Do you find yourself checking email, news feeds or your social media channels first thing in the morning and last thing before you fall asleep?
Do you find yourself constantly interacting with mobile devices when you’re away from the home and office, and then asking yourself where the last hour went?
Do you find yourself unable to get the most important tasks for the day completed because of [insert here: messages, Facebook posts, Twitter updates, etc] you had to check?
If so, then you might be a Digiholic!
I read an article recently, which mentioned that virtually every second of the average person’s day is spent with their smartphone within arm’s reach and that their phone is checked every six-and-a-half minutes. In other words, 200 times a day!
That’s a lot of time spent staring at screens and away from the world around us.
And just to show how important ‘being connected’ is for our modern society, 73% of those asked in that survey, said they would struggle to go a whole day without access to phones and computers. Another study conducted in 2010 by the University of Maryland on a group of 200 students, even found the majority describing their dependence on the Internet as an addiction.
While I believe it is unrealistic to go completely technology-free, especially since so many businesses in this modern day and age rely on access to the Internet, I have found it important to disconnect once in a while.
To go on a ‘digital detox’ or ‘digital vacation’ so to speak.
My aim is for my partner and I to go at least one day a week without technology (we started with one evening a week) and last Thursday was our most recent one. We booked a day trip to the English seaside town of Eastbourne and had our mobile phones switched off from the moment we were awake until after we had dinner that evening.
It was beautiful.
We explored. We connected. We experienced clarity and saw our creativity explode (lucky we had a pen and paper handy to note some of these ideas and thoughts down!).
Allocating time for a digital detox can be beneficial for you on a number of levels.
And here’s a few reasons why you might want to consider taking regular time away from technology:
- Time will appear to pass more slowly. When you are disconnected, you avoid being distracted by the constant stream of notifications on your phone and demands by other people of your time. You can enjoy the freedom of setting your own agenda, focusing your full attention on the things that excite you and being present to what is happening around you.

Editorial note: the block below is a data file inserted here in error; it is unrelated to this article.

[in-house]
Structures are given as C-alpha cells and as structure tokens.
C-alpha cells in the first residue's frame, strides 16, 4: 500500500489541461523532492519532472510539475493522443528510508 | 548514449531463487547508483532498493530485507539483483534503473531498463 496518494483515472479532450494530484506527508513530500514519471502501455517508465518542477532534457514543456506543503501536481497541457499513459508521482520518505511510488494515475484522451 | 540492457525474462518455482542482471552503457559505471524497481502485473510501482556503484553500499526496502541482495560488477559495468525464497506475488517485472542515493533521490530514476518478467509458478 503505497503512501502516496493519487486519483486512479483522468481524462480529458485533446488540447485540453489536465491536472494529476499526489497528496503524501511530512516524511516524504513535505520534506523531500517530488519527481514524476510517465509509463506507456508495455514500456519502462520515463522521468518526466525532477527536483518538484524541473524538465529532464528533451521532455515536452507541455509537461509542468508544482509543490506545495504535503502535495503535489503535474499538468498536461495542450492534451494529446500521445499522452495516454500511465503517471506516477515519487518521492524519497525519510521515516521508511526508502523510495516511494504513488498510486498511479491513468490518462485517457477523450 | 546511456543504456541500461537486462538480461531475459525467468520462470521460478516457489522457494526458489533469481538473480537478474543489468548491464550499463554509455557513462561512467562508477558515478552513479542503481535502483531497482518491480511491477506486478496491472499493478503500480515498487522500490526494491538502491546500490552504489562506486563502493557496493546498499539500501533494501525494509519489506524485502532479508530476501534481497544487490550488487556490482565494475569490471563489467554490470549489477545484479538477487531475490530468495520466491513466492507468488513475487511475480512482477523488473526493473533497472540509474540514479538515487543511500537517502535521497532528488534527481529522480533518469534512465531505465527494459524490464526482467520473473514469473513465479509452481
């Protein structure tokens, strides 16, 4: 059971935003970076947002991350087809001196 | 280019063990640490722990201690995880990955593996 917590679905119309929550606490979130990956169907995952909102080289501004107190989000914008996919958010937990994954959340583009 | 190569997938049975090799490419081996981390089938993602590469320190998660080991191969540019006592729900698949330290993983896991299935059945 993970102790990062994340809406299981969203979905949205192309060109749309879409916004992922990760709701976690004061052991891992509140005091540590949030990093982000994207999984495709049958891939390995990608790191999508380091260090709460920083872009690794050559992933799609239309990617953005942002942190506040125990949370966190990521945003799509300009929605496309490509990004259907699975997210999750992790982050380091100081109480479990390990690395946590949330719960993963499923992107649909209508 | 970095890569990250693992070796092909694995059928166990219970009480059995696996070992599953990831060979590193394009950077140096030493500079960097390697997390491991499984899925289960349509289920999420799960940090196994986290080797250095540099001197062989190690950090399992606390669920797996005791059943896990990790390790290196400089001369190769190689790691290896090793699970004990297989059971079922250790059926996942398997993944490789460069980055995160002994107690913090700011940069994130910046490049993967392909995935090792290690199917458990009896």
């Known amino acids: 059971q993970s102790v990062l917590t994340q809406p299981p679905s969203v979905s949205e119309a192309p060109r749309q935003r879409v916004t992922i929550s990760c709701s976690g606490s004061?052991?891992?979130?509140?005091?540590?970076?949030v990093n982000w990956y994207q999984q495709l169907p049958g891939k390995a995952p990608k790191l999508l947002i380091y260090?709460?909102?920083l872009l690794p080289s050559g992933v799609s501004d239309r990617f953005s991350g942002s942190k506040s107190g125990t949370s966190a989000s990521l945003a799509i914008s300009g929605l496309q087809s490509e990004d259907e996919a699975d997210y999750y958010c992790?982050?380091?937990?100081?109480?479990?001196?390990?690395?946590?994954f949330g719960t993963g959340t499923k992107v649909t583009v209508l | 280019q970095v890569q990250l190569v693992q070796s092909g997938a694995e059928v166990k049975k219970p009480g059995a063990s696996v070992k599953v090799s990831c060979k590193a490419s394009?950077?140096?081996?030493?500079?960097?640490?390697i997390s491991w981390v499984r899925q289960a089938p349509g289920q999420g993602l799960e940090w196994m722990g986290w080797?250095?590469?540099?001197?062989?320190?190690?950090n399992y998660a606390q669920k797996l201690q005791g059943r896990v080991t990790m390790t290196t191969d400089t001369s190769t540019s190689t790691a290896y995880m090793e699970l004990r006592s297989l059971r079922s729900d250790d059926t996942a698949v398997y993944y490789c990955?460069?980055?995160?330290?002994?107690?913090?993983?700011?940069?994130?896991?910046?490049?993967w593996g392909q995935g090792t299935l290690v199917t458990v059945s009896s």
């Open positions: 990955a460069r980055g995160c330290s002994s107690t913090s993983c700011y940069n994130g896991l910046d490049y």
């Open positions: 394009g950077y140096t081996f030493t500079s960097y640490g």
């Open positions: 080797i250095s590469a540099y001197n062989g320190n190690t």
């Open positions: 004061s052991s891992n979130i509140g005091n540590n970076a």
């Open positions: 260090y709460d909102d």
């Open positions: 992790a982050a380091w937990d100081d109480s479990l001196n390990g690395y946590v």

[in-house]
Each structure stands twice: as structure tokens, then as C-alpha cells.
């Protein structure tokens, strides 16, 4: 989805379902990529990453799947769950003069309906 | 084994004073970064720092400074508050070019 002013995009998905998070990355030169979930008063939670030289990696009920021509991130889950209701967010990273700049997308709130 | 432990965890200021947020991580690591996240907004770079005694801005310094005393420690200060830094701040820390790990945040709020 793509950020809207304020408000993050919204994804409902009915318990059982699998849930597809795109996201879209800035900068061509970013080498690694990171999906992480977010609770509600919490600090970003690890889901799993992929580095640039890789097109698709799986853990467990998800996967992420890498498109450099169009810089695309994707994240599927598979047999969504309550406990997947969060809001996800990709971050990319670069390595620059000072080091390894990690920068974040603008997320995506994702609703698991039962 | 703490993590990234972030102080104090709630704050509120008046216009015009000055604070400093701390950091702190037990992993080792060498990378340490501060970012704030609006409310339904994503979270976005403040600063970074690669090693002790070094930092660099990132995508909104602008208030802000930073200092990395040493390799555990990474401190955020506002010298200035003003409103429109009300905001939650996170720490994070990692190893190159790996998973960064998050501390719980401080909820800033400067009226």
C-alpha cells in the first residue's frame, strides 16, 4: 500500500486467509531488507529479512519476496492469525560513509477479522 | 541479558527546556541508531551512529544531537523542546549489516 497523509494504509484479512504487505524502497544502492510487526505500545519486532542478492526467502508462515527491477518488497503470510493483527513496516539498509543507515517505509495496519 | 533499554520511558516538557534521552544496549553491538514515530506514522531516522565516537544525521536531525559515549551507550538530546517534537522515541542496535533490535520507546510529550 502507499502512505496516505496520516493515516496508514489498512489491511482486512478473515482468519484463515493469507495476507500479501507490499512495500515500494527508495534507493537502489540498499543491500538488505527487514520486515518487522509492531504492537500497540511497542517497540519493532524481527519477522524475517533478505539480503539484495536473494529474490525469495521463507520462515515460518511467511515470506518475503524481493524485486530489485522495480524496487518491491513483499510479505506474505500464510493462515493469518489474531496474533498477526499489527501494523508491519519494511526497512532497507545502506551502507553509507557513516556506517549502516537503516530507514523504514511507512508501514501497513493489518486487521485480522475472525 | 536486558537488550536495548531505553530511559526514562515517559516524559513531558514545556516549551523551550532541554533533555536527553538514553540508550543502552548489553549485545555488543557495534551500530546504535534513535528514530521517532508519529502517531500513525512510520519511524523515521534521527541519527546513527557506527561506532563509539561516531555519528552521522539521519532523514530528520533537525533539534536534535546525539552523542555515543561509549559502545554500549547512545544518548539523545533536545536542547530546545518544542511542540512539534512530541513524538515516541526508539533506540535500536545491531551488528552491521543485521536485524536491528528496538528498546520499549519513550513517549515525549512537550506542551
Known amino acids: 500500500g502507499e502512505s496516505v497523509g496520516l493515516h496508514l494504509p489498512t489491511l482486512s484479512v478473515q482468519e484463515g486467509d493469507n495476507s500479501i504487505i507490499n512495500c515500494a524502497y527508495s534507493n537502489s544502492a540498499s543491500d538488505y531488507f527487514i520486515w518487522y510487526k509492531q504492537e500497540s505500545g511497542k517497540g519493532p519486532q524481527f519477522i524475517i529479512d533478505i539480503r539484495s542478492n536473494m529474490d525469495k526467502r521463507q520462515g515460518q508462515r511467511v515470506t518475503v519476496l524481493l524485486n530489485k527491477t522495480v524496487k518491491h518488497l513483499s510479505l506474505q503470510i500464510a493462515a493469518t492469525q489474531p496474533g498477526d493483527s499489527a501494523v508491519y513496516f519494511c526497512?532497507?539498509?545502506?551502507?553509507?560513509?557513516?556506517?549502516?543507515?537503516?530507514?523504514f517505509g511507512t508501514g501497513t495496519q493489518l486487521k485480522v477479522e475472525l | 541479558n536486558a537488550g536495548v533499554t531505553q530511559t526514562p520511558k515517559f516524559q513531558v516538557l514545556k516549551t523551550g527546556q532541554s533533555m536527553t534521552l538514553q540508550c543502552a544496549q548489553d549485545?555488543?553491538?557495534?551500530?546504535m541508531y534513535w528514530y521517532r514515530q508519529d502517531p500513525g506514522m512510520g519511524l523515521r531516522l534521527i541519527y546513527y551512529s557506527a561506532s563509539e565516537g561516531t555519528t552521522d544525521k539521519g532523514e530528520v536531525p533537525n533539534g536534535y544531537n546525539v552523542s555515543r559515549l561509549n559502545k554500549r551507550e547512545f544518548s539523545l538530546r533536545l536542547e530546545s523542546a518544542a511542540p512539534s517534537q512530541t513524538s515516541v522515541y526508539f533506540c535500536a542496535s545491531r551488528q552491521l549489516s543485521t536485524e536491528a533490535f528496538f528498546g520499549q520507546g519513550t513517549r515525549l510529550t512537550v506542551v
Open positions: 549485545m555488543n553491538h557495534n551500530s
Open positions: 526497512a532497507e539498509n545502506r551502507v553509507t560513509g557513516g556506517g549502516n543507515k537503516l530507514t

- Opportunity to reconnect with yourself, people and the world around you. This is a natural and wonderful benefit you can experience when you disconnect. Away from screens, you are able to really listen to your inner wisdom and to the people you are having a conversation with. Time spent outdoors also helps to clear your mind.
- Your creative thinking will spike. It’s no surprise that one of the times that we find ourselves at our most creative is when having a shower or bath. The answers we seek, more often than not, tend to come from the mind that is still and not busy.
- You will create more fulfilling experiences. As humans, we are social creatures who thrive in community and there is only so much of a connection you can make with people through digital devices. We might just be a click, a swipe or a voice command away from anyone with an online presence, but real bonds between people are forged through face-to-face interactions.
- You will feel like a productivity ninja. Take a moment to think about how much time you spend online and in front of a screen (this includes televisions!) in an average week. Now think about what you could be doing instead if you were spending far less time doing so. Perhaps you would catch up with all those books you said you were going to read. Or even attend social events and gatherings related to your interests. How would that feel?
What you will come to realise, is that in such a connected world, taking the time to be disconnected can do wonders for your wellbeing.
Think of it as a process of rebooting yourself. And upon your return, you will have downloaded a happier and more productive version of yourself.
Start small and begin embracing time away from technology.
Here’s a couple of ideas to get you thinking:
- No access to digital devices until after breakfast.
- No digital devices allowed in the bedroom.
- Leave your digital devices in your hotel room during the day when on holiday.
In essence, you want to be in control of how you use technology, rather than letting it dictate your life and time.
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